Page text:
How much risk is involved?

Another important question to ask when deciding which test cases to automate is the risk involved. When considering the different tests that you need to run for your application to run properly, it’s also critical to think about what would happen if those tests were to break.

In any type of manual test, there’s a greater chance of mistakes simply due to human error. Especially when it’s a test that’s repeated often, any minor lapse in testing has the potential to cause failures that can be catastrophic for your business. If the test case in question will either have a significant negative impact on your users or your internal team’s downtime if it breaks, it’s likely a relevant test case for automation.

How much does this test case currently cost?

When thinking about the cost of running a test, there are different factors that you need to take into account. Some of these include:

  • Time spent on running the test case manually
  • The time it takes away from doing other tasks
  • Test maintenance
  • Resolving bugs

Each of these tasks takes time away from your manual or business testers, shortening their bandwidth for them to focus on other, potentially more pressing tasks. In addition, having your business testers spend their time doing repetitive, monotonous work is also a drain on their workplace morale and can contribute to high QA turnover. Therefore, another cost to factor into running tests is hiring and onboarding new QA’s on a frequent basis to bring them up to speed on your manual testing processes.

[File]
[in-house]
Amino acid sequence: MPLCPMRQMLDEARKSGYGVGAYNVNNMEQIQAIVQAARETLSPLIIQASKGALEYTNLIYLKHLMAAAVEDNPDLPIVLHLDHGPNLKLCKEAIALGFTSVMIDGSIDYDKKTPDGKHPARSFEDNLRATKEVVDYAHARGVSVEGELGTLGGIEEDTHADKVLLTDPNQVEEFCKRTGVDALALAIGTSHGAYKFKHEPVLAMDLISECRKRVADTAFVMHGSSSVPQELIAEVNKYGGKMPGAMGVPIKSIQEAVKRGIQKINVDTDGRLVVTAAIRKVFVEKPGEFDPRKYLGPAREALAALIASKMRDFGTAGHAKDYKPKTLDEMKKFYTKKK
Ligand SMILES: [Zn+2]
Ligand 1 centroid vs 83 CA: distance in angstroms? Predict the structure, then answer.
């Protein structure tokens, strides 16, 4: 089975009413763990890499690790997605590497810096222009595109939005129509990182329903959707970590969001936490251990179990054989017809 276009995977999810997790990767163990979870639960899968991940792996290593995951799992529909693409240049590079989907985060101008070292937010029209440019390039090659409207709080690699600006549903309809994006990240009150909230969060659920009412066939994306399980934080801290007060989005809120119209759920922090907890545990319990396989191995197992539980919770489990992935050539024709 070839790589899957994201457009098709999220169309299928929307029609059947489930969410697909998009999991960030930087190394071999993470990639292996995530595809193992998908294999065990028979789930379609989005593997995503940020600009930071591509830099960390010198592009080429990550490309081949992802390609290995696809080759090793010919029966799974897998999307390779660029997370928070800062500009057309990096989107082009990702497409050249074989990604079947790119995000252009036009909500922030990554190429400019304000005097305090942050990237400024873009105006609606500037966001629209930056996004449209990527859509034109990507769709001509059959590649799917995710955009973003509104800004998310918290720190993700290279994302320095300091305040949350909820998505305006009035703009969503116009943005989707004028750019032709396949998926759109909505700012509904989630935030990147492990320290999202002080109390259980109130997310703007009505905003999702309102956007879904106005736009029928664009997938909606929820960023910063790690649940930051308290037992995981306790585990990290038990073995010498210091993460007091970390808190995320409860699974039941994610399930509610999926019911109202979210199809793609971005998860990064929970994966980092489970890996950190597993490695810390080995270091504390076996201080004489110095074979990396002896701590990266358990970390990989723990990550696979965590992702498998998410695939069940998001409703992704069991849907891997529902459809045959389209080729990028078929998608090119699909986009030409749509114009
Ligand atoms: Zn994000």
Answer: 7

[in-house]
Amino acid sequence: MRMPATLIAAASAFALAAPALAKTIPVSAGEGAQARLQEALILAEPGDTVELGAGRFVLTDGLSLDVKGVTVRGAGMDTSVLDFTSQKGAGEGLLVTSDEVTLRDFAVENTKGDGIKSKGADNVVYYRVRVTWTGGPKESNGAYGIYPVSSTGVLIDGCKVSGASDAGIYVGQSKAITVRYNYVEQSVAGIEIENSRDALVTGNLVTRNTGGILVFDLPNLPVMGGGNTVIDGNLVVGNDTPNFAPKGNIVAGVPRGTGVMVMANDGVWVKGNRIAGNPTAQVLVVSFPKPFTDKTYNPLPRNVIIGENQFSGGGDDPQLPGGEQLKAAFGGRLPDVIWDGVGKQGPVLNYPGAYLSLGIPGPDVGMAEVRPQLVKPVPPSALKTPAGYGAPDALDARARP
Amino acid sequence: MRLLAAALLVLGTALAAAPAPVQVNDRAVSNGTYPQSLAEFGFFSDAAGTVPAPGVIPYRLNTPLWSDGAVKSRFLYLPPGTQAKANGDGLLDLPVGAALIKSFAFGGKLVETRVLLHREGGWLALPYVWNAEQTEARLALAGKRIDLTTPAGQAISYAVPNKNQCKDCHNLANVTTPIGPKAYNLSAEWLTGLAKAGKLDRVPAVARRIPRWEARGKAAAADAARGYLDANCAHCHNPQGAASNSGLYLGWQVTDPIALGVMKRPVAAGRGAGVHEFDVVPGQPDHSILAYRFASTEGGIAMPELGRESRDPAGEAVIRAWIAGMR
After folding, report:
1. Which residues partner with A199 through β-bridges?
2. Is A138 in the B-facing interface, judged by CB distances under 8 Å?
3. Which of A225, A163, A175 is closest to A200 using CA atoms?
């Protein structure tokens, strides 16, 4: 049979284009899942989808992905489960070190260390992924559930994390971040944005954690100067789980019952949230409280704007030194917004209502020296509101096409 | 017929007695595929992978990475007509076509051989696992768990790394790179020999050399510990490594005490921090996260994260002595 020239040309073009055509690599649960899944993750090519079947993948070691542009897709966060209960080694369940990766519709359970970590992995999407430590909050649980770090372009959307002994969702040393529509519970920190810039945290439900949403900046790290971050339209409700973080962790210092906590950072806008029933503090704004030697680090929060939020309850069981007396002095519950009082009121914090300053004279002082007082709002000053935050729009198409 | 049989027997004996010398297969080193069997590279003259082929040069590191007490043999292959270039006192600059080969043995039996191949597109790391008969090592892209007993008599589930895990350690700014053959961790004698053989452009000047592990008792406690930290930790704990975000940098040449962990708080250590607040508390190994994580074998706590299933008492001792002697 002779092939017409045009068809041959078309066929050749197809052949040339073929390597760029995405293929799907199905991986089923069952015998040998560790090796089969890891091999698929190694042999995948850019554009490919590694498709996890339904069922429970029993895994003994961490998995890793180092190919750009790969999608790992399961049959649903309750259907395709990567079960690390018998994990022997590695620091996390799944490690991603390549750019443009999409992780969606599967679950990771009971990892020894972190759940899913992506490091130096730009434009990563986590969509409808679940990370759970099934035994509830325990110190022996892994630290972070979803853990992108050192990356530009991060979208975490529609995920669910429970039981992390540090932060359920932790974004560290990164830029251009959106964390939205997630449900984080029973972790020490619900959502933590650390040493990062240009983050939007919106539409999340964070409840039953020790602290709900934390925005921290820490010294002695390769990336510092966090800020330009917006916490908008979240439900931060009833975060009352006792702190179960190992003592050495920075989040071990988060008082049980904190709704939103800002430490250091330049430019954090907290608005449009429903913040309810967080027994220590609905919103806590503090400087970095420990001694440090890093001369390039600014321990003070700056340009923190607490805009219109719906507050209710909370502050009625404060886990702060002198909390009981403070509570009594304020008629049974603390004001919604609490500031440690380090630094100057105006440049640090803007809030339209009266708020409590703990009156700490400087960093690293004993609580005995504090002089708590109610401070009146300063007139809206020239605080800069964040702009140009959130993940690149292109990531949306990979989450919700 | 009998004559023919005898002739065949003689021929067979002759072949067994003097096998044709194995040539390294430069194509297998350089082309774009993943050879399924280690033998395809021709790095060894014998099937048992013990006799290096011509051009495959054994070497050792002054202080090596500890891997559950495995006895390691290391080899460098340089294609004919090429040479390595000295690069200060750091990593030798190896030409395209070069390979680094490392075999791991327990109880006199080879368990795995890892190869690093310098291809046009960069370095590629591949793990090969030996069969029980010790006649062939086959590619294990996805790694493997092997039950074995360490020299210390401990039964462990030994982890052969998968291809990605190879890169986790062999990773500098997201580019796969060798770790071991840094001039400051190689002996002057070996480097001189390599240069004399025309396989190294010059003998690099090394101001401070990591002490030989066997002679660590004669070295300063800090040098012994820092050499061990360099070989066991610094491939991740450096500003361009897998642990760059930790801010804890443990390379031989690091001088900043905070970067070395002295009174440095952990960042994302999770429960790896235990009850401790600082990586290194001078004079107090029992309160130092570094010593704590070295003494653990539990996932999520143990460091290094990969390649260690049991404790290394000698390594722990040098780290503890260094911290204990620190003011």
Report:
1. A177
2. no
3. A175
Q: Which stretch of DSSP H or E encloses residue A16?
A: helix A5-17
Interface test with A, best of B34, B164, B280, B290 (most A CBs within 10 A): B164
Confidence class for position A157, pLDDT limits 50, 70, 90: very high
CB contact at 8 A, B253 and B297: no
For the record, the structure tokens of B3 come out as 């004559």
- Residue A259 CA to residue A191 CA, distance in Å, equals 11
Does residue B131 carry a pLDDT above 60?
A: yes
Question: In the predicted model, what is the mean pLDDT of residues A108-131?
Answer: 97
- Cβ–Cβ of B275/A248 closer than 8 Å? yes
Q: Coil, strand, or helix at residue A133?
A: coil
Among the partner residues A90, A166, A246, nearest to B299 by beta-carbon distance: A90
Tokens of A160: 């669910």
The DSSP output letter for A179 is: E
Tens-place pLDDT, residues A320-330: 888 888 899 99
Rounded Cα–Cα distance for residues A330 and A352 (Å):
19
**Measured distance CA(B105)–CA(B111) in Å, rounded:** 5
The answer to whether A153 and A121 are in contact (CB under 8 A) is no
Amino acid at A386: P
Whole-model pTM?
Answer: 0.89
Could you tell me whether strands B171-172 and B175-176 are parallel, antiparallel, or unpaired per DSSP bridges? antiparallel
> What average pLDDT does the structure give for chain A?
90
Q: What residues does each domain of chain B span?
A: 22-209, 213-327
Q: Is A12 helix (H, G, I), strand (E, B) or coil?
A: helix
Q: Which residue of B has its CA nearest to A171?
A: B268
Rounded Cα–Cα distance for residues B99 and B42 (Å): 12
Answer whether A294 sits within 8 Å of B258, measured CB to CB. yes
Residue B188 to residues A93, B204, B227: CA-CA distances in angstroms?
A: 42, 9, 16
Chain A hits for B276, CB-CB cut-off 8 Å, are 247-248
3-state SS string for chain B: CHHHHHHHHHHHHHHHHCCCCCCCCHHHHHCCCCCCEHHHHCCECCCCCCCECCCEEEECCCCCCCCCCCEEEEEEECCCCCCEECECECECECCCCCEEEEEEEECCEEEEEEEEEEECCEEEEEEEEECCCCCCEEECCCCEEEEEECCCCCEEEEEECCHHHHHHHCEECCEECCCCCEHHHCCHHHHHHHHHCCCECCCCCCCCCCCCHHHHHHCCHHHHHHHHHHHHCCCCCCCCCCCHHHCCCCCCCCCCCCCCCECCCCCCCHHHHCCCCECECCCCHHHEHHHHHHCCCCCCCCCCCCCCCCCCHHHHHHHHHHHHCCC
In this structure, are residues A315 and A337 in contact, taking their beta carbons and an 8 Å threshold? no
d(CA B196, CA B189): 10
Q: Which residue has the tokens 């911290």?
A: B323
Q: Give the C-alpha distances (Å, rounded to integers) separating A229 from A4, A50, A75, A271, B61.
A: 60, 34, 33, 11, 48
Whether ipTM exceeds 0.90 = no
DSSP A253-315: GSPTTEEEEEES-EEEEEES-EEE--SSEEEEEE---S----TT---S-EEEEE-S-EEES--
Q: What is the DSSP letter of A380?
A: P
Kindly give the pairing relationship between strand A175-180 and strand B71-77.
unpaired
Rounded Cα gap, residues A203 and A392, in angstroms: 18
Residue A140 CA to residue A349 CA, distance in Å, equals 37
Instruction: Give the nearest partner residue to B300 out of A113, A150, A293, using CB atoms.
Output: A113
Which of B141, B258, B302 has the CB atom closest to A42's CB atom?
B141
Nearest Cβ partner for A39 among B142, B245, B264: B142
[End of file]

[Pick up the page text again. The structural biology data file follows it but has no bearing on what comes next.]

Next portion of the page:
If your test case in question is proving to be an unnecessary drain on your QA team (and packing some hidden costs for the company), it may be worthwhile to automate. While any type of test automation requires some sort of learning curve, it has the potential to reduce your costs in the long run when you choose the right test case.

Does it fall within the test automation pyramid?

On a more technical note, another good rule of thumb is to consult with Mike Cohn’s test automation pyramid when deciding which test cases to automate. In the pyramid, Cohn highlights which test cases to focus on more for automation, and which types of tests to automate more infrequently.

The bottom layer of the pyramid focuses on unit tests, or tests that focus on small, specific units of code. The reason why Cohn recommends unit tests for most of your automation is that they are extremely fast to execute and easy to troubleshoot when there’s a failure. You can also run unit tests after every code build, which will give your team quick feedback after doing regression testing.

The middle layer is comprised of service tests, such as API tests and acceptance tests. They allow for testing the business logic of various processes without actually doing UI testing. Cohn attributes these to the middle layer of the pyramid since they are still faster and more reliable than UI tests since they don’t need to deal with frequent changes.

He then allocates the top layer to UI testing, since it’s a much smaller area to work on when most of the code and business logic has already been tested. Additionally, UI tests are typically more brittle (since the UI changes so often) than unit tests and service tests, so it generally takes more effort to get ROI from this type of testing. While it’s still important to include UI testing within your test automation environment, Cohn recommends choosing your automated UI tests strategically by asking questions like the ones we covered above.